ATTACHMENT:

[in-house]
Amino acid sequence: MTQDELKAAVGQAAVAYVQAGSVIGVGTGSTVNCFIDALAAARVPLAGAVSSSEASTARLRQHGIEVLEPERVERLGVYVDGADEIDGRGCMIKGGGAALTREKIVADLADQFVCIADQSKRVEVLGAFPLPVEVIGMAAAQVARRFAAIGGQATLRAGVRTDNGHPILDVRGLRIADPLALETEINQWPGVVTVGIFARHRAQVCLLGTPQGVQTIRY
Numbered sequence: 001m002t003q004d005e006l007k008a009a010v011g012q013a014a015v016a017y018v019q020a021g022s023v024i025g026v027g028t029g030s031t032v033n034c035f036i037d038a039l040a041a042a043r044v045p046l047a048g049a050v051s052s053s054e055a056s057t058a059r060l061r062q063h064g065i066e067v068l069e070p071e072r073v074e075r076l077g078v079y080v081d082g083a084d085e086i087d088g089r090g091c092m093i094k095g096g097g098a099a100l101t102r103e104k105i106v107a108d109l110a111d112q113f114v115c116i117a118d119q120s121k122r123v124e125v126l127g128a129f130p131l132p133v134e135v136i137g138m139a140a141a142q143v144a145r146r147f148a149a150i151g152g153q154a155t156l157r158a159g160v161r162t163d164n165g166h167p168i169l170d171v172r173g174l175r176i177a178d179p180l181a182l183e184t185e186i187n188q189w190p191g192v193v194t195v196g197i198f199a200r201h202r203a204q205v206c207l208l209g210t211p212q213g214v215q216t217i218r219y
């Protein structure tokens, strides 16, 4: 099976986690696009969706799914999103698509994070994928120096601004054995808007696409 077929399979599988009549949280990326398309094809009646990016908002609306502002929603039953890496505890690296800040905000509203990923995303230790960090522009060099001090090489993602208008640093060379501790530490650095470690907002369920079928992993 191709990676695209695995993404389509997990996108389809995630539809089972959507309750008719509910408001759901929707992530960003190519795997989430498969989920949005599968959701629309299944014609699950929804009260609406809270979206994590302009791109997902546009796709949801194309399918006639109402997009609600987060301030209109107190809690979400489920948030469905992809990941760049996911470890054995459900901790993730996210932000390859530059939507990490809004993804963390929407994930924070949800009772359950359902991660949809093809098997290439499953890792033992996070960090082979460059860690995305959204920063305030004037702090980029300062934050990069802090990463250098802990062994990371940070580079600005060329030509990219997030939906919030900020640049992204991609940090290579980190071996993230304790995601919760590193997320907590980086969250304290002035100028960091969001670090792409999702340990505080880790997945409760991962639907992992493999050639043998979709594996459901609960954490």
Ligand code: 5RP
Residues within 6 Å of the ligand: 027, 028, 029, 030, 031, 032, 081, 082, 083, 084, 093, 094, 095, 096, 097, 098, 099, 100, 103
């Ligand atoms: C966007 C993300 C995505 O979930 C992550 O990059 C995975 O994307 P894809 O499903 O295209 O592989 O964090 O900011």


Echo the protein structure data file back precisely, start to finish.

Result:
[in-house]
Amino acid sequence: MTQDELKAAVGQAAVAYVQAGSVIGVGTGSTVNCFIDALAAARVPLAGAVSSSEASTARLRQHGIEVLEPERVERLGVYVDGADEIDGRGCMIKGGGAALTREKIVADLADQFVCIADQSKRVEVLGAFPLPVEVIGMAAAQVARRFAAIGGQATLRAGVRTDNGHPILDVRGLRIADPLALETEINQWPGVVTVGIFARHRAQVCLLGTPQGVQTIRY
Numbered sequence: 001m002t003q004d005e006l007k008a009a010v011g012q013a014a015v016a017y018v019q020a021g022s023v024i025g026v027g028t029g030s031t032v033n034c035f036i037d038a039l040a041a042a043r044v045p046l047a048g049a050v051s052s053s054e055a056s057t058a059r060l061r062q063h064g065i066e067v068l069e070p071e072r073v074e075r076l077g078v079y080v081d082g083a084d085e086i087d088g089r090g091c092m093i094k095g096g097g098a099a100l101t102r103e104k105i106v107a108d109l110a111d112q113f114v115c116i117a118d119q120s121k122r123v124e125v126l127g128a129f130p131l132p133v134e135v136i137g138m139a140a141a142q143v144a145r146r147f148a149a150i151g152g153q154a155t156l157r158a159g160v161r162t163d164n165g166h167p168i169l170d171v172r173g174l175r176i177a178d179p180l181a182l183e184t185e186i187n188q189w190p191g192v193v194t195v196g197i198f199a200r201h202r203a204q205v206c207l208l209g210t211p212q213g214v215q216t217i218r219y
């Protein structure tokens, strides 16, 4: 099976986690696009969706799914999103698509994070994928120096601004054995808007696409 077929399979599988009549949280990326398309094809009646990016908002609306502002929603039953890496505890690296800040905000509203990923995303230790960090522009060099001090090489993602208008640093060379501790530490650095470690907002369920079928992993 191709990676695209695995993404389509997990996108389809995630539809089972959507309750008719509910408001759901929707992530960003190519795997989430498969989920949005599968959701629309299944014609699950929804009260609406809270979206994590302009791109997902546009796709949801194309399918006639109402997009609600987060301030209109107190809690979400489920948030469905992809990941760049996911470890054995459900901790993730996210932000390859530059939507990490809004993804963390929407994930924070949800009772359950359902991660949809093809098997290439499953890792033992996070960090082979460059860690995305959204920063305030004037702090980029300062934050990069802090990463250098802990062994990371940070580079600005060329030509990219997030939906919030900020640049992204991609940090290579980190071996993230304790995601919760590193997320907590980086969250304290002035100028960091969001670090792409999702340990505080880790997945409760991962639907992992493999050639043998979709594996459901609960954490």
Ligand code: 5RP
Residues within 6 Å of the ligand: 027, 028, 029, 030, 031, 032, 081, 082, 083, 084, 093, 094, 095, 096, 097, 098, 099, 100, 103
């Ligand atoms: C966007 C993300 C995505 O979930 C992550 O990059 C995975 O994307 P894809 O499903 O295209 O592989 O964090 O900011």